Fascinating Monument

Alchi monastery and the Lower Ladakh heritage related to it, I summarily refer to these monuments as part of the Alchi Group of Monuments, has been at the core of my research from an early stage. I first visited the place in 1990 and met both Rob Linrothe and Jaro Poncar there. At this first research trip I also lost all my photography due to a faulty camera. Both the meetings there and the faulty camera have been defining moments for my research work.

Alchi Monastery Complete

An exciting project I took up with Jaroslav Poncar is the publication of all temples of Alchi in a two volume publication, one volume of which will be republishing the Sumtsek volume Jaro did with Roger Goepper. The publication will be of smaller size and in two volumes. The Sumtsek volume will be adjusted to fit the overall concept and updated if necessary.

An Early Kanjur Temple

A survey of the architecture of the Alchi monastic complex, undertaken in cooperation with a team of TU-Graz led by Holger Neuwirth, not only revealed a more refined chronology of the buildings comprising the Main Temple's complex, but also the existence of an early tower like structure to house the teachings of the Buddha.

Siddhas, Hierarchs and Lineages:
Three Examples for Dating Tibetan Art

This contribution to David Jackson's upcoming catalogue, and initiated by David, is essentially a revised version of my earlier study, “The Art-Historical Aspects of Dating Tibetan Art,” deriving from a lecture delivered at a symposium, Dating Tibetan Art, organized by the Kunsthaus Lempertz, Cologne, November 17 to 18, 2001. While two of the three examples in the original article are republished here, the focus of the study has been altered toward the early siddha, hierarch, and lineage depictions documented in these examples and what they tell about their early usage.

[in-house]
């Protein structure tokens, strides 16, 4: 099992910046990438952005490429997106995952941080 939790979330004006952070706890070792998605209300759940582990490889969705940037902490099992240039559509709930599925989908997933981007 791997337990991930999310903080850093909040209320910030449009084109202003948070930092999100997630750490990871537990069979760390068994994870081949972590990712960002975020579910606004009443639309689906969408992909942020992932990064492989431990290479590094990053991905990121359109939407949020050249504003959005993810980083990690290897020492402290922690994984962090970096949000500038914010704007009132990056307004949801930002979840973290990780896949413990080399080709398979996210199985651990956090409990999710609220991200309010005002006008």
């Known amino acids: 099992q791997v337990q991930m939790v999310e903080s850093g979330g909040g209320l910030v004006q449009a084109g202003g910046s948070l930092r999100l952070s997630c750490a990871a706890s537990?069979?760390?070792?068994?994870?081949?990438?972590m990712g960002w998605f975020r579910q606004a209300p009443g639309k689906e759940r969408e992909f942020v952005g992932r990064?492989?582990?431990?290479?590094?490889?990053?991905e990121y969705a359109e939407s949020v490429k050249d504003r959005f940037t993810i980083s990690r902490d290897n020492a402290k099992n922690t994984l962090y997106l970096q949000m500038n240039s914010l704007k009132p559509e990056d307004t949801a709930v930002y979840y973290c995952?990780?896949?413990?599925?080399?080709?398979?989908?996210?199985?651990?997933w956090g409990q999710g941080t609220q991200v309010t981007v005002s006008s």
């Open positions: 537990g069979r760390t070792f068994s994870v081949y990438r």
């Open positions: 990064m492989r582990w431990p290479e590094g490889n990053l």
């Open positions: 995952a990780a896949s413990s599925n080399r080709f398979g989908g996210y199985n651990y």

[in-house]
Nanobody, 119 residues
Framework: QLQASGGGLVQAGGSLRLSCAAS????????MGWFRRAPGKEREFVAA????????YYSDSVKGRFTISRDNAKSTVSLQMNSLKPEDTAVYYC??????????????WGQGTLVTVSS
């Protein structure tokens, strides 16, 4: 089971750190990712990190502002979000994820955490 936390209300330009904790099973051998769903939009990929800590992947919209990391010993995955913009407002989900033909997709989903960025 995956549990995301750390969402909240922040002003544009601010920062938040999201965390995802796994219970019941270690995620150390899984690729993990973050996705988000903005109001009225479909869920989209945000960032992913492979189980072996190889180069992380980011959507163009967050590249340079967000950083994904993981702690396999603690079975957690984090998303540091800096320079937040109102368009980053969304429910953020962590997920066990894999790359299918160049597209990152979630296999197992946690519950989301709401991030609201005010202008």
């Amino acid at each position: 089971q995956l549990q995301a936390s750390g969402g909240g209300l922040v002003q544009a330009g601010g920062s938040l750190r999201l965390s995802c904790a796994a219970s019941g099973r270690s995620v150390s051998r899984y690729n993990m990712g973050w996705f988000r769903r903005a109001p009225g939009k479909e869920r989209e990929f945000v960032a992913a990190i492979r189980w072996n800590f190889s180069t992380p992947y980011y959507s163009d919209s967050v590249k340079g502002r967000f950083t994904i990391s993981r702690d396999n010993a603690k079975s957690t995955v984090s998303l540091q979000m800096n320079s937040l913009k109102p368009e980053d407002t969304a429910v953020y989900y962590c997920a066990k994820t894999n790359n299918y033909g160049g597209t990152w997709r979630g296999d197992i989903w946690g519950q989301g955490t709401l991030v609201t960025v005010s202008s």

The new example is an extremely informative small thangka painting that once was part of the Jucker collection and is now in the Rubin Museum of Art. This small thangka (22.5 x 18 cm) with six main teachers, published earlier by Hugo E. Kreijger (Tibetan Painting (London: Serindia Publications, 2001), no. 18) and David Jackson (Patron and Painter, 39–42 and fig. 3.1) is being discussed in detail here. An appendix contains all inscriptions on this painting, including a quote of six verses of the conclusion of the Pratimokṣasūtra.

  • In Mirror of the Buddha, Early Portraits from Tibet, edited by David Paul Jackson. New York: Rubin Museum of Art, 2011: 170–97.

Alchi Sumtsek Reconsidered

This short article summarises recent research results on the oldest monuments within the Alchi monastic (chos ‘khor) complex, in Ladakh, India. It focuses on some aspects of the Three-Storeyed Temple or Sumtsek (gSum-brtsegs) as well as on some paintings of the two oldest gateway stupas within the complex, which are termed Great Chörten (or Great Stūpa) and Small Chörten (or Small Stūpa).

The main purpose of this publication is to make the arguments that support the later chronology of Alchi monastery, which has been suggested by Roger Goepper and corroberated by me, available to local scholars.

  • In Recent Research on Ladakh 2007, edited by John Bray, & Nawang Tsering Shakspo. Leh, Ladakh: J&K Academy for Art, Culture & Languages – International Association for Ladakh Studies, 2007: 61–72.

Alchi and the Drigungpa School of Tibetan Buddhism.
The Teacher Depiction in the Small Chörten of Alchi